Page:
In 1850 the prominent Cambridge geologist Adam Sedgwick thundered against the theory of the transmutation of species, put forward in the anonymously-published ‘sensation’ Vestiges of the Natural History of Creation, as a ‘physical romance, and a work of imagination’. His complaint was not just that the theory was not ‘true’. It was that, in arguing that the universe and its species had progressed through an ascending scale, in which each part of the series had been derived ‘from that which went before it’, development gave the world a form not unlike the forms of ‘romance’. The ‘narrative’ of Vestiges had ‘at least the symmetry and external form of a true history’, Sedgwick wrote, ‘But, after all’, its language was ‘no better than a downright cheat’.1 Sedgwick’s damnation of a bad geological theory as fiction masquerading as the truth was not unusual. In 1827 the geologist Charles Lyell wrote of the Lamarckian theory of the transmutation of species, from which the author of Vestiges had borrowed, that it had ‘delighted’ him ‘more than any novel’ he ‘ever read, and much in the same way, for they address themselves to the imagination’.2 It had long been commonplace to denigrate scientific works or theories by associating them with a broadly-defined notion of ‘romance’ as a merely imaginative discourse not sufficiently rooted in empirical fact. But in the case of the transmutation of species the argument worked especially well because it drew on formal similarities between the continuous plots of ‘romance’ novels widely pilloried in the press for having drawn susceptible young and female readers into their snare, and the developmental continuities of evolutionary theories. It drew too on similarities in pricing, format, and the publishers shared by radical evolutionary tracts and cheap, salacious fictions. This essay, developed from Sedgwick’s suspicion of the close formal relationship between thrilling and romantic ‘novels’ and evolutionary theories, will chart the ways in which geologists, arguing about the form and structure of the earth in the early nineteenth century, were also always arguing about the literary forms and structures by which the earth’s features might be better understood.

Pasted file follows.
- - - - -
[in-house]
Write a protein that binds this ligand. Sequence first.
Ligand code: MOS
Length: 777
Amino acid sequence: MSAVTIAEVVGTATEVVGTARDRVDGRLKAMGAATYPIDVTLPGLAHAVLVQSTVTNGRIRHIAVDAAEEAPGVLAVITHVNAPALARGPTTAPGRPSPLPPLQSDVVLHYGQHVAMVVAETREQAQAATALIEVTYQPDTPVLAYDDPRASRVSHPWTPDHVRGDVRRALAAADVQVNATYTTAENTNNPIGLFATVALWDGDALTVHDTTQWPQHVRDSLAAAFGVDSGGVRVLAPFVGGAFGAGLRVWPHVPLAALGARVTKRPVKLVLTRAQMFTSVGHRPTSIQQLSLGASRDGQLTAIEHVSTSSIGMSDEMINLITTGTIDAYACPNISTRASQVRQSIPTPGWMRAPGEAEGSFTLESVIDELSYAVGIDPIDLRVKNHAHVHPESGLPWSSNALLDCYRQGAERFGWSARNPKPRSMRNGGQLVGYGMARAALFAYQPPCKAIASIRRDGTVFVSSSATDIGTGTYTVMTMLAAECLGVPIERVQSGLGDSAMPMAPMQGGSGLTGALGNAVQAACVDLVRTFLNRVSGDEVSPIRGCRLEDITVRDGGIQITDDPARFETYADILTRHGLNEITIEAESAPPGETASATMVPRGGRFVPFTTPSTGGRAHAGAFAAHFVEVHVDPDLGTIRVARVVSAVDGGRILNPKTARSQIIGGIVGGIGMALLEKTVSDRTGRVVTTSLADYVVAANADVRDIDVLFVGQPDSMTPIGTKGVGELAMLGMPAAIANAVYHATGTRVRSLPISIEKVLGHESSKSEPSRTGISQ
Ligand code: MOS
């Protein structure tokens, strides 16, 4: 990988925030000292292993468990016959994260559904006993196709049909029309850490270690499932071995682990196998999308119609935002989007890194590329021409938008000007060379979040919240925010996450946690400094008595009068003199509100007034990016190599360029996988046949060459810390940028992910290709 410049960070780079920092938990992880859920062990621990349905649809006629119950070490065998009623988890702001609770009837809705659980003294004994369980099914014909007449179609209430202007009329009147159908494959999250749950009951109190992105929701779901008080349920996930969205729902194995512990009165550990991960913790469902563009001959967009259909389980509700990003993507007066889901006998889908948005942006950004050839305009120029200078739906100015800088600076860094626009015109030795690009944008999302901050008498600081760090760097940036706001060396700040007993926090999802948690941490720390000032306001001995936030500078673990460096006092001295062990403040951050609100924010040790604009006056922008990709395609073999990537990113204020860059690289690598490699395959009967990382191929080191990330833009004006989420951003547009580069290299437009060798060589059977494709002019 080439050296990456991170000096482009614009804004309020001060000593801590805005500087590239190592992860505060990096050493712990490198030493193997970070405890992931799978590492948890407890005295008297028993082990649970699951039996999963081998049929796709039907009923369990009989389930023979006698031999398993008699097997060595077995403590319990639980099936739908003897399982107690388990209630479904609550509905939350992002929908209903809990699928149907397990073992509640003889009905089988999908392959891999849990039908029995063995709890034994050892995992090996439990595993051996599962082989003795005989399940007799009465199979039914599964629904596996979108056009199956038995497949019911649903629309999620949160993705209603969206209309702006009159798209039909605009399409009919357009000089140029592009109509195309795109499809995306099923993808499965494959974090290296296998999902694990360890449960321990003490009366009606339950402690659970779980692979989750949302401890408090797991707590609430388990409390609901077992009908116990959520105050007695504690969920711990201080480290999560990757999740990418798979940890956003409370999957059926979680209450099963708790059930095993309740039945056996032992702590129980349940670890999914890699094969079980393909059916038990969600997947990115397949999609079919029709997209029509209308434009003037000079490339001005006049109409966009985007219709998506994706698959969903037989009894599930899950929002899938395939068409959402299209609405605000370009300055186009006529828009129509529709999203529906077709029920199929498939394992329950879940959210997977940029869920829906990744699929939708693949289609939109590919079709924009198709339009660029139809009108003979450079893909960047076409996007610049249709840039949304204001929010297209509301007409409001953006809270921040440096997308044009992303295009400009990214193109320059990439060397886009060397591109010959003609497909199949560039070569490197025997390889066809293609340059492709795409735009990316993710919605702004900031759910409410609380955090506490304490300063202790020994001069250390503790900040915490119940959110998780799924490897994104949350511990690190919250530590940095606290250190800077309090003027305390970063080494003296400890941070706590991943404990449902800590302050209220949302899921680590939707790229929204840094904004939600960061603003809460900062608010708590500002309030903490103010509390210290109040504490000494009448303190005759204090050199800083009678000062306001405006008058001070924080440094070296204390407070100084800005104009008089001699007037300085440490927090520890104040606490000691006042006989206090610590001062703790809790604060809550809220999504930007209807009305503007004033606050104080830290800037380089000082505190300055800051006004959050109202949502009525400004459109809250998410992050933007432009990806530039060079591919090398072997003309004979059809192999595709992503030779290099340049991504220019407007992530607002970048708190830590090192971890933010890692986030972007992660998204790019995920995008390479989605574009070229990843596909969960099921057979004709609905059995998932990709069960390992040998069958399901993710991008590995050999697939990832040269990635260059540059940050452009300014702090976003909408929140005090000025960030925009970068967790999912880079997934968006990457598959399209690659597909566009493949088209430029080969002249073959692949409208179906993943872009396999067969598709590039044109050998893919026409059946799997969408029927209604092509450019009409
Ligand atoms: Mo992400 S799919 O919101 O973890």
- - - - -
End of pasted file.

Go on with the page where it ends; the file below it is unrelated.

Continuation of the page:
Lyell and Sedgwick used the terms ‘novel’ and ‘romance’ almost interchangeably, as was common in the literary culture of the day: as Michael McKeon notes, ‘“romance” served as an all-purpose generic touchstone for the negative definition of an emergent form whose positive denomination – “the novel” – remained unstable even at the end of the eighteenth century’.3 Novels, from Don Quixote to the writings of Aphra Behn, Daniel Defoe, Samuel Richardson and Henry Fielding, for instance, had claimed that they were literally ‘true’ by eschewing ‘romance’, and the convention of denigrating romantic fictions persisted into the nineteenth century as novelists in a self-consciously ‘realist’ tradition claimed their work to be authoritative, truthful (if not actually true) and serious.4 Geologists, attempting to make their own claims to cultural authority, wisely chose the same enemy.